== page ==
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I am not able to understand why it's output is ffff it should be 0000. Let say int take 2 byte ffff will stored in memory : 1111 1111 1111 1111 so after ~a value will become: 0000 0000 0000 0000. but out put coming ffff am I missing some general concept ?

  #include <stdio.h>
    void main()
    {
      unsigned int a = 0xffff;
      ~a;
      printf("%x", a);
    }

Output : ffff

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try reassigning it to itself... only a++ and ++a are unary operations.. –  AurA Dec 26 '13 at 6:18
3  
@AurA, that's not what unary operator means. You also have unary +, -, and ~, which all operate on a single argument. Only a++ and ++a and a-- and --a change the value of the variable they're operating on. –  OmnipotentEntity Dec 26 '13 at 6:20

5 Answers 5

you should do

a = ~a;

to assign the negated value to a.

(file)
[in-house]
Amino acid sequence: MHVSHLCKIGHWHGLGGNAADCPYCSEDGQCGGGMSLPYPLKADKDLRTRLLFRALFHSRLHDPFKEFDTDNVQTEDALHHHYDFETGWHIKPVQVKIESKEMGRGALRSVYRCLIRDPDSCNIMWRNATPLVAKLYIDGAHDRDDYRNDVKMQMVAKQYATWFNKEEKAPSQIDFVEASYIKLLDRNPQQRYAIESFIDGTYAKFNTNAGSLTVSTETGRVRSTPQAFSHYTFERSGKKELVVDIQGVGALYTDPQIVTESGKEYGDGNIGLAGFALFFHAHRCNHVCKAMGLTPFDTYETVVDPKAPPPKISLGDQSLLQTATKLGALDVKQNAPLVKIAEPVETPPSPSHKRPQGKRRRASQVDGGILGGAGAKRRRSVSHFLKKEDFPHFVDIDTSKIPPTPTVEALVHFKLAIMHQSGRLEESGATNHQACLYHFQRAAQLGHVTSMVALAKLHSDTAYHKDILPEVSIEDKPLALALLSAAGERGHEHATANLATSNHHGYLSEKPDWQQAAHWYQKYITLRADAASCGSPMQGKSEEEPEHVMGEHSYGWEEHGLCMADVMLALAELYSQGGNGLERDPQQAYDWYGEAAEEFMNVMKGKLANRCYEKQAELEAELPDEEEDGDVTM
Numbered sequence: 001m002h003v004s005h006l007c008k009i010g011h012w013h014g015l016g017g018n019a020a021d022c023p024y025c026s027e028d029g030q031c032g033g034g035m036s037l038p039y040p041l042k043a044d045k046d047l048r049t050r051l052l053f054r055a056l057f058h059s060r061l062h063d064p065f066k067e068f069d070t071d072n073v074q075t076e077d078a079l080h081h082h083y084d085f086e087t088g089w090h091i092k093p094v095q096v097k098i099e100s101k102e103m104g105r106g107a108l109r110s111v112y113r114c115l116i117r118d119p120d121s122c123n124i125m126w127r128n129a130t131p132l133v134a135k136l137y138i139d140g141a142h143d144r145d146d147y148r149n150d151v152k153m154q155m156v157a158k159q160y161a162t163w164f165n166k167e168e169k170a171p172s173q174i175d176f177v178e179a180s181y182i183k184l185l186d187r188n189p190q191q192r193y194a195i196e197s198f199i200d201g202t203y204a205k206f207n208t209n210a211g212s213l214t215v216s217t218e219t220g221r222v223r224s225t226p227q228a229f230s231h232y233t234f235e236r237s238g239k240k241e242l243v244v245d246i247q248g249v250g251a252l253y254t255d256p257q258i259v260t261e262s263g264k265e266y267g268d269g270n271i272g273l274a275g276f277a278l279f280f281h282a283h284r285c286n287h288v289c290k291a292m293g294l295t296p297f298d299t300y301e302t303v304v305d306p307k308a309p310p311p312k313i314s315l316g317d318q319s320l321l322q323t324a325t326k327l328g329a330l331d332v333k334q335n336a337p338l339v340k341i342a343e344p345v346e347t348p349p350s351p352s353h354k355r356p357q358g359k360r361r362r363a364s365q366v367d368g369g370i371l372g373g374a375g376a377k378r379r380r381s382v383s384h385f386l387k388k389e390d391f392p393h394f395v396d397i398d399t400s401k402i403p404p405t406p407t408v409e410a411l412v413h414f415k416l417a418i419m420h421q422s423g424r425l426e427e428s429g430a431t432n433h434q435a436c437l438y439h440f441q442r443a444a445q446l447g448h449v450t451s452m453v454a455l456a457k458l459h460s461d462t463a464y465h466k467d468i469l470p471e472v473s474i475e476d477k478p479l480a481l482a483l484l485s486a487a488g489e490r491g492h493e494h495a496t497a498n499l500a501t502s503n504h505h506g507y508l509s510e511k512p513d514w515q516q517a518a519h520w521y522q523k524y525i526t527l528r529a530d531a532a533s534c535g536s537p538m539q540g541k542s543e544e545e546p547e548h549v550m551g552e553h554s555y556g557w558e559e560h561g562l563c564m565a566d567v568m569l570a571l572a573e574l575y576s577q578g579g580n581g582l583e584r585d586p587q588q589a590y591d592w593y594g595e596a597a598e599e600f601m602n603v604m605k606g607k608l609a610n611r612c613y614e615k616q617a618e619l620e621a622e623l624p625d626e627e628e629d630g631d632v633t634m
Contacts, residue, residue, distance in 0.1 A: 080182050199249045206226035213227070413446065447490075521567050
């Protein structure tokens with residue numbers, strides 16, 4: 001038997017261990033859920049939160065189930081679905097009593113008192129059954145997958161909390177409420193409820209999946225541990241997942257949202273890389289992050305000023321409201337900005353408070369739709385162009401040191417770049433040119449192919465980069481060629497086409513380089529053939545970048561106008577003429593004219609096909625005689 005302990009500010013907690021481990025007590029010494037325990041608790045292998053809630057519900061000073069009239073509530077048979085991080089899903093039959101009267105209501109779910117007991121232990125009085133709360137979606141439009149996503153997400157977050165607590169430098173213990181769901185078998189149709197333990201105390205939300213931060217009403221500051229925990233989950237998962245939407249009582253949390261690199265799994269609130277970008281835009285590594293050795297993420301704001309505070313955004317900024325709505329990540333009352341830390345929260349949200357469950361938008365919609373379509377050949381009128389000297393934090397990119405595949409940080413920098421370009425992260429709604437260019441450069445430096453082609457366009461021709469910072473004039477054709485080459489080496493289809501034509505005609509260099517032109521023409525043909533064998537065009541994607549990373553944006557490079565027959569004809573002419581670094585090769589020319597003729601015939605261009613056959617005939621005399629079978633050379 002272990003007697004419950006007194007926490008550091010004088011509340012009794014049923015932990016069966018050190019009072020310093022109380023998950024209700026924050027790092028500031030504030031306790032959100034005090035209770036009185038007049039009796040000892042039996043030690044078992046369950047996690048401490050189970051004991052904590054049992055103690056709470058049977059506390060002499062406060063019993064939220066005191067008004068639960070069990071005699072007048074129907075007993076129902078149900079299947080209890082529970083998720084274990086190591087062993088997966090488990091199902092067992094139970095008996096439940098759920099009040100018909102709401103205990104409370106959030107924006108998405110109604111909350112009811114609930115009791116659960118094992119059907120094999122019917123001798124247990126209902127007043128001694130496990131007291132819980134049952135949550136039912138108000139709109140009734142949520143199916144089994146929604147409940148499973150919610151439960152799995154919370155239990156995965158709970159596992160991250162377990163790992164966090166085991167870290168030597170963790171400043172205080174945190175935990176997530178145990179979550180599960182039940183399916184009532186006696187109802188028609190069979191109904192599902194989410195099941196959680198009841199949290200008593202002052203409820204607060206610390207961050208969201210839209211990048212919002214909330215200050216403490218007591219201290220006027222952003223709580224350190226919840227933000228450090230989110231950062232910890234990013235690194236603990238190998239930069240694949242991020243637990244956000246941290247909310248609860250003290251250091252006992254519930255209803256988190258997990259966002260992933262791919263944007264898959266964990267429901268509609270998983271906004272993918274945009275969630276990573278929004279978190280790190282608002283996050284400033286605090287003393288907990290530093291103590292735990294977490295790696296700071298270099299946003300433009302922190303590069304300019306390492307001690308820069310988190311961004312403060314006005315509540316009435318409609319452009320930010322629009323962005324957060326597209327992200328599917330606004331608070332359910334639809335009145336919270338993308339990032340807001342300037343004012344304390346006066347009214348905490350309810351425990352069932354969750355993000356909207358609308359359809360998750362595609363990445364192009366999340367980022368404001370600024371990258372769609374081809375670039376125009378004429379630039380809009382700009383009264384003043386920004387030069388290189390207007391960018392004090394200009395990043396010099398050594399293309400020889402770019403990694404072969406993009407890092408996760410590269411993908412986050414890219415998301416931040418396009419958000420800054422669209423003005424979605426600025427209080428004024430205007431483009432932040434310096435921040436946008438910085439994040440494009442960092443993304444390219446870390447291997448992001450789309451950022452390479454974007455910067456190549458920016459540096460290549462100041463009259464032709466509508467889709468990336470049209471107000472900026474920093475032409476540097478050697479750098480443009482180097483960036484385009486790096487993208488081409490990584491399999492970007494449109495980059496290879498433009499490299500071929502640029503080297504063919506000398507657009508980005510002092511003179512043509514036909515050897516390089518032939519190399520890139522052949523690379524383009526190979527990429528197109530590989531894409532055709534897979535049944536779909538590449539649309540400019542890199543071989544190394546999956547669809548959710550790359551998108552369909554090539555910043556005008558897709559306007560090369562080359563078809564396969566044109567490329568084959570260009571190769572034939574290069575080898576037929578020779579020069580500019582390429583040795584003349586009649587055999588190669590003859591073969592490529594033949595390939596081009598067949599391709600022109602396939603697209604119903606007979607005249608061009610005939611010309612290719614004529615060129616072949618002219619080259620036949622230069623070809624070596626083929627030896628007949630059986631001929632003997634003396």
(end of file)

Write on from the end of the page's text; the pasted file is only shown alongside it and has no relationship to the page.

or if you want to just print it, do

 printf("%x", ~a);
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The ~ operator does not change the variable in place, it returns the result of the change. So in order to perform a bitwise negation of a variable you need to assign it to itself:

a = ~a;
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You have to assign the value back to the variable. You are just doing ~a. You are not assigning it back to a.

a = ~a;

will give you proper output.

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How about saving the value of the operation:

a = ~a;

You did perform the bitwise ~ operation, but you did not assign the returned value to any variable.
This operator returns a value, and does not modify variable itself.

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In the statement

~a;

~ operator NOT (complement) the value of a and its value gets discarded (unlike the unary operator ++ and --), i.e, ~a does nothing to a unless you assign it to a

a = ~a;
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